Kensington station development proceeds despite Avondale protests
By Sonam Vashi
Plans for an affordable, 240-unit residential development across the street from the Kensington MARTA station are moving ahead after receiving unanimous rezoning approval from the DeKalb planning commission—though objections continue from the neighboring city of Avondale Estates.
The complex, Phoenix Station, will sit just outside Avondale’s city limits and will be a “100 percent affordable” building, according to the developer, Louisville-based LDG Development. All rents will be at 80 percent of the area median income (AMI) or below—like a three-person family that makes $54,000—with an average of rents around 60 percent of AMI. (That will look like about $900 for a three-bedroom, or $650 for a one-bedroom.)
When the project was announced early this year, it faced pushback from the Avondale Estates community and government concerning the developer’s mixed track record in other cities and the complex’s low-income target. A letter sent by Avondale Estates’s board—its governing body, made up of Mayor Jonathan Elmore and four commissioners—to the DeKalb planning commission in July outlined its opposition to the development: Avondale Estates prefers a mixed-income development, not a low-income development and wants the building to have a mixed-use component including office space and retail.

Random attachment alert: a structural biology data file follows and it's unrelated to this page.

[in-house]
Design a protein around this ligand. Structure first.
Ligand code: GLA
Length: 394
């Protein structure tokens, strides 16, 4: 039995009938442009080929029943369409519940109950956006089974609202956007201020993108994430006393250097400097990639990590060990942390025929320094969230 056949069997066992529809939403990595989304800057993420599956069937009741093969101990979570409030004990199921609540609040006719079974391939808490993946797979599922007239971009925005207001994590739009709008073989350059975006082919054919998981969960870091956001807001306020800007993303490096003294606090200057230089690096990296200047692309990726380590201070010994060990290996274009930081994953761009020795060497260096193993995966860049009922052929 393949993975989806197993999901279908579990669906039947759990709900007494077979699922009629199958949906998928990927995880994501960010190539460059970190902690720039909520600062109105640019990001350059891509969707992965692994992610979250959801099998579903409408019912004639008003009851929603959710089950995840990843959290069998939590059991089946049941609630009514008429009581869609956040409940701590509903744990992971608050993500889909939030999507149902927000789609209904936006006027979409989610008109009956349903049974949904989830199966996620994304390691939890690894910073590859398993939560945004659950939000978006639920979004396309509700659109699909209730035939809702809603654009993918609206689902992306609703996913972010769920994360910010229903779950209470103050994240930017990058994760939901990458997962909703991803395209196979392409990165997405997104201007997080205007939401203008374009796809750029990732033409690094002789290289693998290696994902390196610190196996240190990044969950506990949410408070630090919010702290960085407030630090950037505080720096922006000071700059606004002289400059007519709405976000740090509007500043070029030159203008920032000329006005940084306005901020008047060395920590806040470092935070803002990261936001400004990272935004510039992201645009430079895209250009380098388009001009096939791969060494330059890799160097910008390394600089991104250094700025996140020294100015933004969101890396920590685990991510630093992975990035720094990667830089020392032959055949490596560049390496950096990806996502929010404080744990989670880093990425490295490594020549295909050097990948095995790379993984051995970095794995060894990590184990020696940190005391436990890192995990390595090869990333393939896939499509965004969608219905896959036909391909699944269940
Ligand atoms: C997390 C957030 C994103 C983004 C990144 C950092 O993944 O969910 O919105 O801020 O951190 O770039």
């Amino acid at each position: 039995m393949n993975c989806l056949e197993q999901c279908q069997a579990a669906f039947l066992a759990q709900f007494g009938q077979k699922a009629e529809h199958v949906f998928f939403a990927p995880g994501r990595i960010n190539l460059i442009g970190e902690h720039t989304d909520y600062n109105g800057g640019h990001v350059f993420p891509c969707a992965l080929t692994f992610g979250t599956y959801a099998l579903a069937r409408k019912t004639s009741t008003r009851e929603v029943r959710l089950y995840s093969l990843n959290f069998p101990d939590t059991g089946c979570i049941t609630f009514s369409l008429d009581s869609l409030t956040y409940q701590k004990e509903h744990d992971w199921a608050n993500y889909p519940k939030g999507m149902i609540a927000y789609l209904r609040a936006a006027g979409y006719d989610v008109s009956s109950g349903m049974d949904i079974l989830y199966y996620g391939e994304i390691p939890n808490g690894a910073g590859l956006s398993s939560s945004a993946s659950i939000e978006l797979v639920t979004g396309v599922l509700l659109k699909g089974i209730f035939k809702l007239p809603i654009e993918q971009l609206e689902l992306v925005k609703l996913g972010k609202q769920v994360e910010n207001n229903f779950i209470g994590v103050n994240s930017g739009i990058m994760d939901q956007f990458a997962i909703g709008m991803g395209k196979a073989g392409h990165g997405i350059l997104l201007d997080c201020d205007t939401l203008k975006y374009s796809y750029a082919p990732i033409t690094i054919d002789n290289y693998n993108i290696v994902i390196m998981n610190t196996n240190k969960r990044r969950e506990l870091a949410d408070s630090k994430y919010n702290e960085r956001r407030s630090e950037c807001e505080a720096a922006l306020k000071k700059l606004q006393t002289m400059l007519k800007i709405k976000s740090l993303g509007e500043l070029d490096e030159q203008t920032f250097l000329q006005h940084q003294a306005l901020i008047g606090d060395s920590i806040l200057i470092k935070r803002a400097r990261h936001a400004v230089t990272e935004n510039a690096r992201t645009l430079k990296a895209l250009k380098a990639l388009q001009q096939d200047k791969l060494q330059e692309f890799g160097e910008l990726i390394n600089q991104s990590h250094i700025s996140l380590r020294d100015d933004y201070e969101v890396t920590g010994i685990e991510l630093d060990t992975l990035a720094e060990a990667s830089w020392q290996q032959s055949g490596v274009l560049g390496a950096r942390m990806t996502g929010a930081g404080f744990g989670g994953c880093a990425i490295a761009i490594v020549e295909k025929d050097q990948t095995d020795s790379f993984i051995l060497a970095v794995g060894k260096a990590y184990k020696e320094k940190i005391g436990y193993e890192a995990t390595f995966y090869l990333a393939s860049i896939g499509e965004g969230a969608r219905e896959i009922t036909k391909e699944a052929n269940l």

Some residents in Avondale Estates went so far as to organize through a group called Friends of Kensington, starting a petition to protest the development. Through a lawyer, Friends of Kensington sent a letter in July to the DeKalb commission, arguing that Phoenix Station was not consistent with a DeKalb County comprehensive plan. Among the requested changes: that the development should set aside 10 percent of its units to be market-rate or luxury.
“My cynical side says their concerns were affordable housing,” said Chris Byrd, development coordinator for LDG. He added that the land in question is one of the last pieces of property around Kensington Station where a project like Phoenix Station could be built.
The DeKalb commission had tabled the rezoning request since March at LDG’s request: The developer wanted time to see if it could purchase land directly adjacent to the property full of parking lots owned by MARTA—a deal that never happened. The rezoning for Phoenix Station—a $46 million project, funded partially through the federal low-income housing tax credit program—was approved at a meeting in late August.
Panke Miller, member of advocacy group Diverse DeKalb and a former Atlanta councilwoman, celebrated the project’s approval.
“We don’t have enough developers with the experience and the inclination to build affordable housing,” she said. “If you build affordable housing next to transit, you’re meeting the direct need for affordable housing, and you’re helping increase MARTA ridership.” Miller added that the parcel of land owned by MARTA next to Phoenix Station could potentially still be turned into mixed-use retail and office space.
Byrd expects Phoenix Station to be complete by early 2021.
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